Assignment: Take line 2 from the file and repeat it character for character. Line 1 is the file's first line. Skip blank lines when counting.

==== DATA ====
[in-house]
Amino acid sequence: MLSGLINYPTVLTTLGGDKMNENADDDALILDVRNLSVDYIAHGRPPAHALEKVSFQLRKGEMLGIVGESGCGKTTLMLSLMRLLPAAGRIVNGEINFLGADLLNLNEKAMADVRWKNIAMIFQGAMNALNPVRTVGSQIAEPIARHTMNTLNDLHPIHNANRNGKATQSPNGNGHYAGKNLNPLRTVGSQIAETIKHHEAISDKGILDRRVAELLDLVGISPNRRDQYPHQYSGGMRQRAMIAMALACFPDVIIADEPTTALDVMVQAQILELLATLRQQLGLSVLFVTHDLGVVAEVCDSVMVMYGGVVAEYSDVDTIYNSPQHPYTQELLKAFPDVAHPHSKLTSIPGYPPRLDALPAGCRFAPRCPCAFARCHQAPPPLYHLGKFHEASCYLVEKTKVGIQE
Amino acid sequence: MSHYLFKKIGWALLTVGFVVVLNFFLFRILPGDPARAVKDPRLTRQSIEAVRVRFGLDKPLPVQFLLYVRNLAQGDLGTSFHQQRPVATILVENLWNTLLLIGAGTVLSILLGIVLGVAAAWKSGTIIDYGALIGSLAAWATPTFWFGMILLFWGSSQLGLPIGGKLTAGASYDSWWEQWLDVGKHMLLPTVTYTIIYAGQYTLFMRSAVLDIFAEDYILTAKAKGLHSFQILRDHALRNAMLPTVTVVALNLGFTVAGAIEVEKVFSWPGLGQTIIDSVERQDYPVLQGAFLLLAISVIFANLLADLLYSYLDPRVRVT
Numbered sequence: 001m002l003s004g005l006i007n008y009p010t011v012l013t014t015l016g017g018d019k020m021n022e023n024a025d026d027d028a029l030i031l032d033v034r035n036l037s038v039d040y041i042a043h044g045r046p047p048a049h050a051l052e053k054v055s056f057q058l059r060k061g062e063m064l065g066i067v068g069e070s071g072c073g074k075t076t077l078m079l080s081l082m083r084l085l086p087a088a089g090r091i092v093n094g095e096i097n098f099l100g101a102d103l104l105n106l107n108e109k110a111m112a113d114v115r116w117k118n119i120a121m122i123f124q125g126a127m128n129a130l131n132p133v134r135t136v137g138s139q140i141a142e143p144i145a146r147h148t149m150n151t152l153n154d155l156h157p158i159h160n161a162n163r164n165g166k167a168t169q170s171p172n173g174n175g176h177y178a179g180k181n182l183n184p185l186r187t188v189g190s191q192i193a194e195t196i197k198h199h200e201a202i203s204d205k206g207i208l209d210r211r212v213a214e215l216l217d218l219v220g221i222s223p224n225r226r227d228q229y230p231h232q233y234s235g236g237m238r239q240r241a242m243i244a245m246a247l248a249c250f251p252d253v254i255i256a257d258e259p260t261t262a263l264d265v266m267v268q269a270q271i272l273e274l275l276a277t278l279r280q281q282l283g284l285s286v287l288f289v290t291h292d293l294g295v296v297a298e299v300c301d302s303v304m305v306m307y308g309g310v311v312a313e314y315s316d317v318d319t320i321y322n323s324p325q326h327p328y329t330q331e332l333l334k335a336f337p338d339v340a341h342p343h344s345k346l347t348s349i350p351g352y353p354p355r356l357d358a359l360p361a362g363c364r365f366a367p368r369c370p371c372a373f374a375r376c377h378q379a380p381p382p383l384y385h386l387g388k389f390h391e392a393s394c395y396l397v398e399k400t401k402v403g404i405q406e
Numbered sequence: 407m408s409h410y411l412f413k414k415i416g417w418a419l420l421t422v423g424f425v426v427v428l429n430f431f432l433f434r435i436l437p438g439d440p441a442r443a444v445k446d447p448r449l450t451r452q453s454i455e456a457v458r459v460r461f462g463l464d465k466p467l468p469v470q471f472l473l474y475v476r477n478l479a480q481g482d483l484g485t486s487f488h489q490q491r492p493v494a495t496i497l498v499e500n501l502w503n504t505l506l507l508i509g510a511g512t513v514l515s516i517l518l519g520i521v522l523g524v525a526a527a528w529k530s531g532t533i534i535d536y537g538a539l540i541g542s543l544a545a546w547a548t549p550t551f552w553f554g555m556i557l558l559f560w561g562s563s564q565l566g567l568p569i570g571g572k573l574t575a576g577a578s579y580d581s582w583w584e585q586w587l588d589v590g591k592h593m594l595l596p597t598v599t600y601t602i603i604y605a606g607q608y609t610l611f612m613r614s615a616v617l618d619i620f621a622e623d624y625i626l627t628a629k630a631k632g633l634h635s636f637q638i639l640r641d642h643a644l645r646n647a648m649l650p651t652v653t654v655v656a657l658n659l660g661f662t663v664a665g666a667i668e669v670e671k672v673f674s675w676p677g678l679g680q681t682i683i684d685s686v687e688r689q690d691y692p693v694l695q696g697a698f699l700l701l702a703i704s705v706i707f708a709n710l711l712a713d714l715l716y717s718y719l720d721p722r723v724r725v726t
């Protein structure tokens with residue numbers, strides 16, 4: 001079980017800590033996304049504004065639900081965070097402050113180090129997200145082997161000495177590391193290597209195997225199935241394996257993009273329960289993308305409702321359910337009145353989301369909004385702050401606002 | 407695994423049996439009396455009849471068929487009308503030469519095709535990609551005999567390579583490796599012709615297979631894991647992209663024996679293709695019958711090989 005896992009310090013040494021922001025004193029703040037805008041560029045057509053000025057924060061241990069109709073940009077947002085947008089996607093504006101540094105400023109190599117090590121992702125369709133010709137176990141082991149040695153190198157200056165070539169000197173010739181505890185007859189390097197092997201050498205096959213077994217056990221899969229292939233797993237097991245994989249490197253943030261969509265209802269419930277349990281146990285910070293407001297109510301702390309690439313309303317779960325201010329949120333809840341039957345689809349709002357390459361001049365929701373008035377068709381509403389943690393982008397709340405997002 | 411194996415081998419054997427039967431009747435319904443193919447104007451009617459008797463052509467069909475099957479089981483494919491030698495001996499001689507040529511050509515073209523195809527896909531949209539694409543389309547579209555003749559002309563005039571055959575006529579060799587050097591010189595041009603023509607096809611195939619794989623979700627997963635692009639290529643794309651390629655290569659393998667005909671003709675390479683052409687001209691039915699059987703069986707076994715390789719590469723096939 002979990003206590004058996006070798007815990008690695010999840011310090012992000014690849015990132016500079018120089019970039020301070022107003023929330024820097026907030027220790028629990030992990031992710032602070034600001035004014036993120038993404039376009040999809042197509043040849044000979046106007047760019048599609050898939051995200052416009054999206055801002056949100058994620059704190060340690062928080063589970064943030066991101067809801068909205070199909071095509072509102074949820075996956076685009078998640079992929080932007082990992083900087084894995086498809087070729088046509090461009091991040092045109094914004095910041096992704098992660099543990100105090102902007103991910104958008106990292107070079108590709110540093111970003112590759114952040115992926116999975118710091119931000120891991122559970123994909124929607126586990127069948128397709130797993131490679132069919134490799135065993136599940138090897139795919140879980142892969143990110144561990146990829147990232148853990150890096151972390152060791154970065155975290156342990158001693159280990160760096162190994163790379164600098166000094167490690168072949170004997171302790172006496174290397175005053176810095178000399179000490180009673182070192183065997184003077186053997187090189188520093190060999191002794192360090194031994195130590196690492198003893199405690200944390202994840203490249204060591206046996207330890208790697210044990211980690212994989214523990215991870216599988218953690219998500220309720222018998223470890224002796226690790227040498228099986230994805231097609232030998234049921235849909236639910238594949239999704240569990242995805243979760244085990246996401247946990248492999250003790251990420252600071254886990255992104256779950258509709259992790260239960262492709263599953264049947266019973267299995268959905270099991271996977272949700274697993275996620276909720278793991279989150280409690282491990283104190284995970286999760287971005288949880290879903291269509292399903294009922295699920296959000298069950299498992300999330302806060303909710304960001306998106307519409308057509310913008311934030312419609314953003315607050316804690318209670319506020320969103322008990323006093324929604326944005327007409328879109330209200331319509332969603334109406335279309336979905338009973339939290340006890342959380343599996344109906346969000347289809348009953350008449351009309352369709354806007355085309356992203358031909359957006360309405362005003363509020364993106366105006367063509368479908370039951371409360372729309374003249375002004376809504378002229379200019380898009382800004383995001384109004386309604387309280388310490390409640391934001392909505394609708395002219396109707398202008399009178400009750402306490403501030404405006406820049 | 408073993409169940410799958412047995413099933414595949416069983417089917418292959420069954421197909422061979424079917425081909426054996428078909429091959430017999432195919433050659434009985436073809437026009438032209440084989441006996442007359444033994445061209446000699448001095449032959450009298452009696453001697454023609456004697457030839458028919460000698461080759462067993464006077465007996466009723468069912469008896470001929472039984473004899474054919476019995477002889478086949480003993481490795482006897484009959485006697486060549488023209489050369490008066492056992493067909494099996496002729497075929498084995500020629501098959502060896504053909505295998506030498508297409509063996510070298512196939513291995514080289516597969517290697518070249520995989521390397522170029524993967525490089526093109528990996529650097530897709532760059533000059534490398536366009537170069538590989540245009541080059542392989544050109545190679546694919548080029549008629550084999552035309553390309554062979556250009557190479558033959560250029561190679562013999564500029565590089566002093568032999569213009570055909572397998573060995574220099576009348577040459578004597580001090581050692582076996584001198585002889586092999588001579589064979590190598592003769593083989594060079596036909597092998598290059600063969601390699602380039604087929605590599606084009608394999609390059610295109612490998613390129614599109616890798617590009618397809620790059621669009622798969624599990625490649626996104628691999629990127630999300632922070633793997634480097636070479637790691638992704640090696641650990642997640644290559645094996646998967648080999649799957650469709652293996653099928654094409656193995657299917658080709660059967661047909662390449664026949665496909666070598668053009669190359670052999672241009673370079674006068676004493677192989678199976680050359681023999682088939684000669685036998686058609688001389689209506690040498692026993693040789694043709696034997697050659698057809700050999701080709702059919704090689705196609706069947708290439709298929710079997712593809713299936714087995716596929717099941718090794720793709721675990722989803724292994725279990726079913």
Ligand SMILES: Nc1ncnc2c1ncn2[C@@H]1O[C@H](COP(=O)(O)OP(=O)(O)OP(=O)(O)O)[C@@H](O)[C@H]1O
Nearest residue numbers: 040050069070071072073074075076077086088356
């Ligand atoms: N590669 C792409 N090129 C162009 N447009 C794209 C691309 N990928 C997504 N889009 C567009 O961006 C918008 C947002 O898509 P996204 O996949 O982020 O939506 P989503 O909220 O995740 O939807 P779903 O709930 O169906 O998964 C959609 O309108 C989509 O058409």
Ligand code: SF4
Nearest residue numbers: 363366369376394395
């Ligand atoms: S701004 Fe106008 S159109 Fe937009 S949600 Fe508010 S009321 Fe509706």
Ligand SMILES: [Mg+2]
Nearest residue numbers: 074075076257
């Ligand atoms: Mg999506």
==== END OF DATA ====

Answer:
Amino acid sequence: MLSGLINYPTVLTTLGGDKMNENADDDALILDVRNLSVDYIAHGRPPAHALEKVSFQLRKGEMLGIVGESGCGKTTLMLSLMRLLPAAGRIVNGEINFLGADLLNLNEKAMADVRWKNIAMIFQGAMNALNPVRTVGSQIAEPIARHTMNTLNDLHPIHNANRNGKATQSPNGNGHYAGKNLNPLRTVGSQIAETIKHHEAISDKGILDRRVAELLDLVGISPNRRDQYPHQYSGGMRQRAMIAMALACFPDVIIADEPTTALDVMVQAQILELLATLRQQLGLSVLFVTHDLGVVAEVCDSVMVMYGGVVAEYSDVDTIYNSPQHPYTQELLKAFPDVAHPHSKLTSIPGYPPRLDALPAGCRFAPRCPCAFARCHQAPPPLYHLGKFHEASCYLVEKTKVGIQE